Responsiveness Beyond Policy Satisfaction Does It Matter to Citizens?
2016 (English)In: Comparative Political Studies, ISSN 0010-4140, 1552-3829Article in journal (Refereed) PublishedText
Can politicians facilitate citizen acceptance of unwelcome policy decisions by acting responsively during the decision-making process? We suggest a framework to analyze the responsivenessâacceptance connection and report findings from two studies designed for that purpose. First, we ran a survey experiment to examine how exogenously induced responsiveness actions affect reactions to a policy decision. Second, we conducted a case study to see how results hold up in a real-world setting. We find that responsiveness actions are rewarded provided that citizens are convinced that politicians have paid attention to their wishes and views. Responsiveness actions that signal willingness to communicate (âto listenâ and âto explainâ) are more effective than the action to follow majority opinion (âto adaptâ). However, the responsivenessâacceptance connection is sensitive to perceptual bias; policy losers are hard pressed to accept that politicians have indeed acted responsively.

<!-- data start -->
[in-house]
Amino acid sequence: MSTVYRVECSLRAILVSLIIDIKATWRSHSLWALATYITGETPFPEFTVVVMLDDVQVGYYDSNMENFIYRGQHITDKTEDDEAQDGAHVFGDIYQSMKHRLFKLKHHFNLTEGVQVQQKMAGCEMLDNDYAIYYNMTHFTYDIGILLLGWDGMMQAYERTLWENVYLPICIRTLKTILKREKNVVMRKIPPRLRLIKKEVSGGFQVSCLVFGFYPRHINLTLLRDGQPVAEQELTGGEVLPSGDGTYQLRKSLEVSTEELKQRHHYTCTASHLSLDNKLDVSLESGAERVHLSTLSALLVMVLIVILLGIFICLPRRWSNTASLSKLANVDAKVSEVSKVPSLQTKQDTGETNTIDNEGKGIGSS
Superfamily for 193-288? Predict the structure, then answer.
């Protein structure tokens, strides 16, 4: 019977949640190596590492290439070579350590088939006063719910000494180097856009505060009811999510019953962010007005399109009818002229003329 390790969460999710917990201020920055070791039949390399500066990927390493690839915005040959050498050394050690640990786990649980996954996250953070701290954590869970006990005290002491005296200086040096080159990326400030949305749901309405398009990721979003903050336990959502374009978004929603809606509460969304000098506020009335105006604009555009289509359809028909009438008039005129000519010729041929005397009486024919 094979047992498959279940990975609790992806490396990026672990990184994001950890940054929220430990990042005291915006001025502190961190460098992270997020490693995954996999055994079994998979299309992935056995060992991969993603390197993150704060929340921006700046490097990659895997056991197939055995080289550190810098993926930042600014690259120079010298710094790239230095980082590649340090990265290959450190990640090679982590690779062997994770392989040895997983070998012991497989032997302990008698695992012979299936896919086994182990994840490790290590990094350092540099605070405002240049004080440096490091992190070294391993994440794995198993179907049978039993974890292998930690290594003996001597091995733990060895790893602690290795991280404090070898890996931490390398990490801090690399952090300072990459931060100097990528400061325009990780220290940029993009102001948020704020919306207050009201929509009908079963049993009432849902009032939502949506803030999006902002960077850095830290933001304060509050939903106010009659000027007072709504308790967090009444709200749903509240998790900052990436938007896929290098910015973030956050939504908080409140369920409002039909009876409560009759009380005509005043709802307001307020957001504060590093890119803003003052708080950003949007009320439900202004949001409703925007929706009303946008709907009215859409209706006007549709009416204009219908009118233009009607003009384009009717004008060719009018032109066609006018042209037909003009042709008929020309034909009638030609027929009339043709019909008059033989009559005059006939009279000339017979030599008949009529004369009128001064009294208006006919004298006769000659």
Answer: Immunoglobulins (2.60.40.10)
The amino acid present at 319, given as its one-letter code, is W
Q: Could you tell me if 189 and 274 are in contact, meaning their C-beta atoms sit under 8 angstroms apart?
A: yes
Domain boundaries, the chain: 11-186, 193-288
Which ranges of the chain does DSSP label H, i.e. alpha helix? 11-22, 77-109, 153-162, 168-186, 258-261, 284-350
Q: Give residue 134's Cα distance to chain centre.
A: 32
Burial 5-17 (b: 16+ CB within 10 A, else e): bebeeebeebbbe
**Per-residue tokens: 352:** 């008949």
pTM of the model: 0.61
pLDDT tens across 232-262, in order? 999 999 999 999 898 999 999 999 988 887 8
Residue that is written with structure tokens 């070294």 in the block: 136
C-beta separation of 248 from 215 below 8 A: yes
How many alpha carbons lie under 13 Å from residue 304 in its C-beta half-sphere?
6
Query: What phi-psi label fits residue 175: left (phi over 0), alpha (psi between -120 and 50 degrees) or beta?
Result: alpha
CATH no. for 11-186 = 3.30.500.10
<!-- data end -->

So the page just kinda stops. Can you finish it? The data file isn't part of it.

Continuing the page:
Place, publisher, year, edition, pages
experimental research, legitimacy, responsiveness
IdentifiersURN: urn:nbn:se:uu:diva-276072DOI: 10.1177/0010414015626445OAI: oai:DiVA.org:uu-276072DiVA: diva2:930809